As told in this week’s parasha, Moses couldn’t enter the Promised Land. My three brothers, the subjects of my latest documentary film, chose to leave it.
This week’s parasha begins on a sad note, as the dying Moses begs God to let him into the Promised Land. “O Lord God, you have begun to show your servant your greatness and your strong hand,” he says. “Pray let me cross over and see the good land that is on the other side of the Jordan.” But God refuses.
For me, Moses’ heartbreak hits particularly close to home. Earlier this year, I released my newest film, a documentary titled The Queen Has No Crown. It tells the story of my family, started by Berlin Jews who fled to Israel and swore never to leave it, and of what happened to it when three out of my four brothers decided to seek out their fortune in the United States. Theirs were personal decisions, but they were informed by knowing that Moses, like so many generations of Jews throughout history, never got to set foot in the homeland, the homeland my brothers were now leaving.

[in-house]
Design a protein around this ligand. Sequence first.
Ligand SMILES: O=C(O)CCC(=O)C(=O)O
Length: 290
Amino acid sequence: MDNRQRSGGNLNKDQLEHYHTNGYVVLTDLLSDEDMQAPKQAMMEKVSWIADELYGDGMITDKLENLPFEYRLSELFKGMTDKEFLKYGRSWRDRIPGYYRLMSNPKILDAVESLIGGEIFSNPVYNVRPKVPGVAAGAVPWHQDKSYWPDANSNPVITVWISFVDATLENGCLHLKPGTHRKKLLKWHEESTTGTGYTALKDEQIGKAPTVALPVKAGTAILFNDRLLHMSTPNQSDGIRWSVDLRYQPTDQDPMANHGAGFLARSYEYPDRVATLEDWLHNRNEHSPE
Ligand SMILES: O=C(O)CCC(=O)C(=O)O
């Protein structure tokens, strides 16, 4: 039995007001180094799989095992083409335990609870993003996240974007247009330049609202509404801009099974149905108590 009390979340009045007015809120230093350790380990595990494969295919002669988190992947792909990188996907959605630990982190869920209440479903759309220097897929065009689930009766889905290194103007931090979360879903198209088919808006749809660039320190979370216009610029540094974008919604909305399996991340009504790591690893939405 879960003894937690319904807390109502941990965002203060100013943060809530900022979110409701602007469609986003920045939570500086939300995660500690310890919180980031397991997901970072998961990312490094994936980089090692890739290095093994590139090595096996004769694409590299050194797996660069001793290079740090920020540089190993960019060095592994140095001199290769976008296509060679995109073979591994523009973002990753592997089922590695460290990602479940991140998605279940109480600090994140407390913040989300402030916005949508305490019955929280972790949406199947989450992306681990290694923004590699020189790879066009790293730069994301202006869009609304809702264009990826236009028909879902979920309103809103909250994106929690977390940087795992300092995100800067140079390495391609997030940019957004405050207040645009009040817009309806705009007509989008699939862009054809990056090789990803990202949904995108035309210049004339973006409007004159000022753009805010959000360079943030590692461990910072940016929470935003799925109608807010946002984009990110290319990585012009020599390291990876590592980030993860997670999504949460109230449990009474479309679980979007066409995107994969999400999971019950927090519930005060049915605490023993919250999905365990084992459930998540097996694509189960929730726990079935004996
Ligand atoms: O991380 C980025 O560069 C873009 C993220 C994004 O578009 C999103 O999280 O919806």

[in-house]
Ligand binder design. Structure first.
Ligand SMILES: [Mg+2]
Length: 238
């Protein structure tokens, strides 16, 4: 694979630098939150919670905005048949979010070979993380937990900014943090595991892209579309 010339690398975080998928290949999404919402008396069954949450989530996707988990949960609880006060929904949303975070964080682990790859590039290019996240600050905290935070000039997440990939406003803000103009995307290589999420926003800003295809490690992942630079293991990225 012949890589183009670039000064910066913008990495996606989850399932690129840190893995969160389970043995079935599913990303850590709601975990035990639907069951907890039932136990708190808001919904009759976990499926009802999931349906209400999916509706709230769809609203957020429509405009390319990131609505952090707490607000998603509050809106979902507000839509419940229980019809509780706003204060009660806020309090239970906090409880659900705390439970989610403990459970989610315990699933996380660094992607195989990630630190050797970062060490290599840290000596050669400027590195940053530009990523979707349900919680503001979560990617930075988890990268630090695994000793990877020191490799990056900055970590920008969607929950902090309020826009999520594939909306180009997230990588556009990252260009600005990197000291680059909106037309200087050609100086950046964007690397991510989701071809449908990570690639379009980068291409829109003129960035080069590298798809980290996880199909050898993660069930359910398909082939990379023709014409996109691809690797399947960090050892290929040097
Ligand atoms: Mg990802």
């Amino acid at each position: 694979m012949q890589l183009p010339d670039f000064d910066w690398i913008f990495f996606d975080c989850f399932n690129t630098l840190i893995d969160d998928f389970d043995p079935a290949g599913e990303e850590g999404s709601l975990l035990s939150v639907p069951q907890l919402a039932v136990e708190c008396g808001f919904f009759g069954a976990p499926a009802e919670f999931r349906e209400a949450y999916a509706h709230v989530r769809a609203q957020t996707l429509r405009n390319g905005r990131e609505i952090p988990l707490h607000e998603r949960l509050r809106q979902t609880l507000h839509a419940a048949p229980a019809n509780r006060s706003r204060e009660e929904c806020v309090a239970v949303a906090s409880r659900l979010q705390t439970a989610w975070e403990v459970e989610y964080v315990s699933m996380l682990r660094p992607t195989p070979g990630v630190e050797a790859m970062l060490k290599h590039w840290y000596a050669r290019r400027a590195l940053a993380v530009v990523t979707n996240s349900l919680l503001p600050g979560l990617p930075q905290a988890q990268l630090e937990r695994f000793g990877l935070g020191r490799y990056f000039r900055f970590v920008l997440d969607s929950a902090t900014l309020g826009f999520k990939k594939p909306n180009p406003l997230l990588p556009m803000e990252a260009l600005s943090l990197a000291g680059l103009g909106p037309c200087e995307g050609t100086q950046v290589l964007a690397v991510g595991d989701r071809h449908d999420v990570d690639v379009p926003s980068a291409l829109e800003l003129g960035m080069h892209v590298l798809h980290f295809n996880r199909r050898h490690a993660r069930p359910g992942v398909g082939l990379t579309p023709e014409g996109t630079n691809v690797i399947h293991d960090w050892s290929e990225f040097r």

But what is the meaning of this homeland when so many foreign cultures offer a more rewarding, more convenient life? And what is the relationship between nation and family? These are questions with which Moses spent his life struggling. They are the ones that occupy me, too. I hope my film—a clip from which is below—is a beginning of an answer.
Tomer Heymann is an award-winning Israeli filmmaker.
On Shabbat, the day of rest, cooking is prohibited. But for a chef-turned-rabbinical student, cooking is key to celebration, and food prepared in advance will never taste as good.
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